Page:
How-To: Log HAProxy messages only once

Posted by chantra on 27th January 2012

When enabling logs with HAProxy on a busy web site, hard disk space can quickly become a scarce resource.

The reason is that, most of the time, HAProxy is set to use local0 facility which tend to write logs to a bunch of files in /var/log such as messages...

Thanks to rsyslog, we will be able to canalize those logs to a more appropriate location and only once, saving a bunch of disk space.

This tutorial will go over the steps required to accomplish this set up.

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Posted in Administration, HowTo, System | 6 Comments »

How-To: Set up a L2TP over IPSec VPN using a Radius backend — page 3

Posted by chantra on 18th June 2010

This entry is part 3 of 3 in the series How-To: Set up a L2TP over IPSec VPN using a Radius backend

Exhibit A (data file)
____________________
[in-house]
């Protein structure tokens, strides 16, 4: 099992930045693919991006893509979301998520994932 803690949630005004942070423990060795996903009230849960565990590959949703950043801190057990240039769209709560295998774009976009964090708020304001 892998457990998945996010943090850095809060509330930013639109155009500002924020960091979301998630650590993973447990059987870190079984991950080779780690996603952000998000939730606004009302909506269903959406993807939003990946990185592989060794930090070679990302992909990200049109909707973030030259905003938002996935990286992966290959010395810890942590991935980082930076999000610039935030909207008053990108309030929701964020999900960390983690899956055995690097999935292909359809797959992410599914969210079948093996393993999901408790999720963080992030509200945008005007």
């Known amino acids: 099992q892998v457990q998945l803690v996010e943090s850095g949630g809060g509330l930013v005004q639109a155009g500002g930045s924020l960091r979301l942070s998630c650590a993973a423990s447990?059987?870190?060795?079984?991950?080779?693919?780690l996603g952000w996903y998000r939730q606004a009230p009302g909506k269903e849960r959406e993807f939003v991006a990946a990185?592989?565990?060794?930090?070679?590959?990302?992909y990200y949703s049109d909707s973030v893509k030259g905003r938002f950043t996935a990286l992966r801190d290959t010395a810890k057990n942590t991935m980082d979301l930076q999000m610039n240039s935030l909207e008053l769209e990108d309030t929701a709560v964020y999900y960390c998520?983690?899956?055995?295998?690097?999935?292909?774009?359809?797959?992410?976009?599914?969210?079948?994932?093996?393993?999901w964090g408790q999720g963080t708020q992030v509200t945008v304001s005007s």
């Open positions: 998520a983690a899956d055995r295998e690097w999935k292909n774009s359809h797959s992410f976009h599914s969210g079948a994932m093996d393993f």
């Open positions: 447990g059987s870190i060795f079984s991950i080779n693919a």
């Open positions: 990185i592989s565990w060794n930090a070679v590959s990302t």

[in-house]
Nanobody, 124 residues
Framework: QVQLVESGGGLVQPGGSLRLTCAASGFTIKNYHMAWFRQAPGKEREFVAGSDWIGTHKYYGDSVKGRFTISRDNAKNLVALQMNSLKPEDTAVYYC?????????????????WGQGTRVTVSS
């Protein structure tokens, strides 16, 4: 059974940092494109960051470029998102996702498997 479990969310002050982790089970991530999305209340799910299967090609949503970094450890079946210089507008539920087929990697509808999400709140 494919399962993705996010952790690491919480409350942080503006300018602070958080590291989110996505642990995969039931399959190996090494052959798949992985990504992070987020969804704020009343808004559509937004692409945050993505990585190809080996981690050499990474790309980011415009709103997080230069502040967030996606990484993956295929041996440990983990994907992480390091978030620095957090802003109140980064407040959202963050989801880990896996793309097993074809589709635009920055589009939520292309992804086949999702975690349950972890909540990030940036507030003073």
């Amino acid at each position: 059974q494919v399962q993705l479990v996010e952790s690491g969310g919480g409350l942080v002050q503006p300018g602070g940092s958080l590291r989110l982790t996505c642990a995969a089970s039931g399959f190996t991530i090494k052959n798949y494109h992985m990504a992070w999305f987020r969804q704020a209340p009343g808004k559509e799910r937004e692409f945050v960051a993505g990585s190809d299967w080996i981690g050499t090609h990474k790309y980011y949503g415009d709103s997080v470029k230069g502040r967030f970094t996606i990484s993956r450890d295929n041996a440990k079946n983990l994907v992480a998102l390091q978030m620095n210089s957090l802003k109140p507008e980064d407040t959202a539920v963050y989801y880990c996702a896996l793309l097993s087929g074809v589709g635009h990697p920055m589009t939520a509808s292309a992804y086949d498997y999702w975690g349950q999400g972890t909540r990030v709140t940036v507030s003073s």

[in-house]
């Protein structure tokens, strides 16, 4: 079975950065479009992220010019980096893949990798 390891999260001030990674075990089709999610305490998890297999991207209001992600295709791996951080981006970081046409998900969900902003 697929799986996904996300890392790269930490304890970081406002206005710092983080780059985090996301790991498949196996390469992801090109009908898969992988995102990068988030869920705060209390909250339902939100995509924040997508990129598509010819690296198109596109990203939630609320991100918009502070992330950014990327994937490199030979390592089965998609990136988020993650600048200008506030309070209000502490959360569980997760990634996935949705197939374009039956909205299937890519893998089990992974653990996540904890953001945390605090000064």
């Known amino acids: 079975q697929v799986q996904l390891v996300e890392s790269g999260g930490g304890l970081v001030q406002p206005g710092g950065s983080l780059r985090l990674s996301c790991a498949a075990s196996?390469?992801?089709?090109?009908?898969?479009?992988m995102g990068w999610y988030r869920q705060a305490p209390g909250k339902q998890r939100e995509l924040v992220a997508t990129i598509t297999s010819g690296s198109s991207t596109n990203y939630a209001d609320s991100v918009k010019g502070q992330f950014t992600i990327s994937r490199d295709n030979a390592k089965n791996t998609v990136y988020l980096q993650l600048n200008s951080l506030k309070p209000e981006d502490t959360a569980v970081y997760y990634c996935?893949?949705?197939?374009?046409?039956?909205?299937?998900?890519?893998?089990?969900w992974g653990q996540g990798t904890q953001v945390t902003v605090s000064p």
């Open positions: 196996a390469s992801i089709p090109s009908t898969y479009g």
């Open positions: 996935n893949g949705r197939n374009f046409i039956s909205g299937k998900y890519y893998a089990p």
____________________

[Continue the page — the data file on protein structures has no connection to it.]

Using freeradius for authentication

Here I am going to consider that the freeradius server is set up correctly, meaning that you can already authenticate your users with freeradius using radtest utility.

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How-To: Set up a L2TP over IPSec VPN using a Radius backend — page 2

Posted by chantra on 18th June 2010

This entry is part 1 of 3 in the series How-To: Set up a L2TP over IPSec VPN using a Radius backend

XL2TP

Now, let's get on the next phase: XL2TP.

Packages Requirements

You can install xl2tp with the following command:

# apt-get install xl2tp

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Posted in Administration, HowTo, Networking, System | 1 Comment »

How-To: Set up a L2TP over IPSec VPN using a Radius backend

Posted by chantra on 18th June 2010

This entry is part 1 of 3 in the series How-To: Set up a L2TP over IPSec VPN using a Radius backend